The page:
Pointing to recent terrorist attacks by Muslims in European capitals, Andy Leitner sarcastically asks “whose freedom fighters are those who commit such heinous acts?” Yet recent history offers many examples of terrorist attacks not carried out by Muslims.
In 1946, Jewish terrorist group Irgun – of whom future Israeli PM Menachem Begin was a member – bombed the King David Hotel in Jerusalem, killing 91 civilians and injuring many more.
In the 1970s, as a student in the UK I witnessed car bombs planted by the IRA (Provisional Irish Republican Army) spring up like mushrooms in London.
Dr Frank is probably correct that one man’s terrorist is another man’s freedom fighter. To the Jews, Begin was a freedom fighter. To their Irish sympathisers, the IRA were fighting for freedom. They turned from terrorists to freedom fighters when their campaign bore fruit.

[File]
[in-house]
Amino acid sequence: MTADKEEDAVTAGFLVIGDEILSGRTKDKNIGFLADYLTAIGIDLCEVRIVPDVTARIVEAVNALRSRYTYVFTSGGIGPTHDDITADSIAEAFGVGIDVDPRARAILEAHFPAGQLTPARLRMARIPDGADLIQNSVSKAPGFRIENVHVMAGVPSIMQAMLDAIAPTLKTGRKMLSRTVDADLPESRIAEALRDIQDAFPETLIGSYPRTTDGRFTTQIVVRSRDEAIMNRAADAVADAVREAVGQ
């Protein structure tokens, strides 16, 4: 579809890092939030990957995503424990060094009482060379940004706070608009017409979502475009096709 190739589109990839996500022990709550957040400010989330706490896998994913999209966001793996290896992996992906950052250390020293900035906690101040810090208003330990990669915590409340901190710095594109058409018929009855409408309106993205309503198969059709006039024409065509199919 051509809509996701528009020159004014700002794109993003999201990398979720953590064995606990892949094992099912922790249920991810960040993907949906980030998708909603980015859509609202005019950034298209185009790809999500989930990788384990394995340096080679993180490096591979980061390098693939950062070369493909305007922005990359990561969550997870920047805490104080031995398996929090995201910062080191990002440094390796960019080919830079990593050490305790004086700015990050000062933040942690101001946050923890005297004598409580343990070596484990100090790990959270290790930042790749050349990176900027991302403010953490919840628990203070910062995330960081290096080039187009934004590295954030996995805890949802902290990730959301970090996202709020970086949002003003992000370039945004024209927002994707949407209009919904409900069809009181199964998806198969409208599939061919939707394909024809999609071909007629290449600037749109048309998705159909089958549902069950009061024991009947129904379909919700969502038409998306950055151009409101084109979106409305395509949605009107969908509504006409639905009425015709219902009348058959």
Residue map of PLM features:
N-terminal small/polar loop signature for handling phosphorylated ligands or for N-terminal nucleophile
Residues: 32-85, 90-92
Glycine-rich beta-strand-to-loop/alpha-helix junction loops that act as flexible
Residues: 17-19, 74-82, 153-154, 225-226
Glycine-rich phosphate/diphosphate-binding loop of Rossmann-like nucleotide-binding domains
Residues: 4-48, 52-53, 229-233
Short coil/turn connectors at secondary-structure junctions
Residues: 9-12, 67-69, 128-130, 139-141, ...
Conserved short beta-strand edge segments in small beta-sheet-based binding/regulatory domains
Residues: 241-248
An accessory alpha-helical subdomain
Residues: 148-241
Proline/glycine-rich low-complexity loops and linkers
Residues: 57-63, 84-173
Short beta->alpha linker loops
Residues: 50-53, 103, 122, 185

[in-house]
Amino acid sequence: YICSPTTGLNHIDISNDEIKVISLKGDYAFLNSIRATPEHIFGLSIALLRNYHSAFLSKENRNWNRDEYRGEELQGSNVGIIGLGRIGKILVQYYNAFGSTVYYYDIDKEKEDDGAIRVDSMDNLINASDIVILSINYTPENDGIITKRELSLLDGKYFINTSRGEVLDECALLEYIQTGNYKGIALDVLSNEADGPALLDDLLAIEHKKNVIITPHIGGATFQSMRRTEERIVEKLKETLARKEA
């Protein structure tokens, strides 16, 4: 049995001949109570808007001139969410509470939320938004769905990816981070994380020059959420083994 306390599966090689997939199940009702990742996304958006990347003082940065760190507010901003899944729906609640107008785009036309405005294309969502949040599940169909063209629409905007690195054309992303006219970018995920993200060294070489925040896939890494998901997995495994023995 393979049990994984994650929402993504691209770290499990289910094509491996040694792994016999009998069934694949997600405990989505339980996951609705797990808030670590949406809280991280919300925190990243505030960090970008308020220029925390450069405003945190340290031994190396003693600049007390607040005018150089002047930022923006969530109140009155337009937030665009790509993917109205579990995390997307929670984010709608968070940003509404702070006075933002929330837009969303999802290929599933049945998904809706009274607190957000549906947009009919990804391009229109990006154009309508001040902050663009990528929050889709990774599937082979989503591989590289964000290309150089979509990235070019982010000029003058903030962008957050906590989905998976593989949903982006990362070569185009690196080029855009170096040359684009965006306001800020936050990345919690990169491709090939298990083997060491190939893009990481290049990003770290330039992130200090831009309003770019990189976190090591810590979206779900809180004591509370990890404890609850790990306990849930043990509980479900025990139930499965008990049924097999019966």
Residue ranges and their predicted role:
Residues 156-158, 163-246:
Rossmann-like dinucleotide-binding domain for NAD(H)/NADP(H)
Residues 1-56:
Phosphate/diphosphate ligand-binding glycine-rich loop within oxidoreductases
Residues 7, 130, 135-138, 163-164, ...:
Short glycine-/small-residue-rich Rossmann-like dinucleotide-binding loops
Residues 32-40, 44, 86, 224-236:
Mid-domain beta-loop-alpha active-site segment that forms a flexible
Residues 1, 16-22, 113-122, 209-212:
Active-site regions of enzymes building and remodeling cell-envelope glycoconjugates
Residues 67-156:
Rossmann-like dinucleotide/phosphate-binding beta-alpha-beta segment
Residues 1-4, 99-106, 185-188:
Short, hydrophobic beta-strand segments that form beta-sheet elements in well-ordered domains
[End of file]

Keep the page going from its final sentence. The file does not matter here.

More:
“Not all Muslims are terrorists, but all terrorists are Muslims” is not a true statement. Urban terrorism conducted by Muslims started after the displacement of Palestinians following the Arab-Israel Wars in 1948 and 1967, and grew after Western powers launched unjustified wars in Iraq and Afghanistan.
The Iraq war, in particular, was state-sponsored terrorism conducted by America and the UK that led to enmity among Iraqis and years of deadly sectarian violence that gave rise to al-Qaeda in Iraq.
A terrorist is one who creates terror. When a leader like Tony Blair decides to take down Iraq’s dictator Saddam Hussein, and alongside him buries the lives of hundreds and thousands of civilians, is he a terrorist? Or is he a freedom fighter against dictatorship?